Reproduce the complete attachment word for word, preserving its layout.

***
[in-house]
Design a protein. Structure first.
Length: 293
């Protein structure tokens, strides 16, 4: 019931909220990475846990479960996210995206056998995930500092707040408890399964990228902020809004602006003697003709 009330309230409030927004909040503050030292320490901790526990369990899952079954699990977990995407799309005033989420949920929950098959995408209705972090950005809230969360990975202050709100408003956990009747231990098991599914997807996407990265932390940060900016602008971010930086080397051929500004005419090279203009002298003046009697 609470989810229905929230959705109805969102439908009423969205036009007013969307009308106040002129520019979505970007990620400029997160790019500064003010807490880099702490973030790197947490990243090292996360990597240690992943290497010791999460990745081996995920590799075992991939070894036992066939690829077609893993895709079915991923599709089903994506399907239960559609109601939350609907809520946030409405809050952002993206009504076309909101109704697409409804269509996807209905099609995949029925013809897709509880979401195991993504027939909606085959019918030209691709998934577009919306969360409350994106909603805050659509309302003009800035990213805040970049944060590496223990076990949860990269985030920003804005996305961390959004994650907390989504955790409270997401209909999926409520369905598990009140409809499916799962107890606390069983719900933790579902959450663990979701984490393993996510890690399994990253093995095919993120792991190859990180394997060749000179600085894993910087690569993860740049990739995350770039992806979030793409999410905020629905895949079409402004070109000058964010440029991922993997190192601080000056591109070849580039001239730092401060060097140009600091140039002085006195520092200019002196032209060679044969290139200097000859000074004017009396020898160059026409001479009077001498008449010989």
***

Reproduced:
[in-house]
Design a protein. Structure first.
Length: 293
């Protein structure tokens, strides 16, 4: 019931909220990475846990479960996210995206056998995930500092707040408890399964990228902020809004602006003697003709 009330309230409030927004909040503050030292320490901790526990369990899952079954699990977990995407799309005033989420949920929950098959995408209705972090950005809230969360990975202050709100408003956990009747231990098991599914997807996407990265932390940060900016602008971010930086080397051929500004005419090279203009002298003046009697 609470989810229905929230959705109805969102439908009423969205036009007013969307009308106040002129520019979505970007990620400029997160790019500064003010807490880099702490973030790197947490990243090292996360990597240690992943290497010791999460990745081996995920590799075992991939070894036992066939690829077609893993895709079915991923599709089903994506399907239960559609109601939350609907809520946030409405809050952002993206009504076309909101109704697409409804269509996807209905099609995949029925013809897709509880979401195991993504027939909606085959019918030209691709998934577009919306969360409350994106909603805050659509309302003009800035990213805040970049944060590496223990076990949860990269985030920003804005996305961390959004994650907390989504955790409270997401209909999926409520369905598990009140409809499916799962107890606390069983719900933790579902959450663990979701984490393993996510890690399994990253093995095919993120792991190859990180394997060749000179600085894993910087690569993860740049990739995350770039992806979030793409999410905020629905895949079409402004070109000058964010440029991922993997190192601080000056591109070849580039001239730092401060060097140009600091140039002085006195520092200019002196032209060679044969290139200097000859000074004017009396020898160059026409001479009077001498008449010989």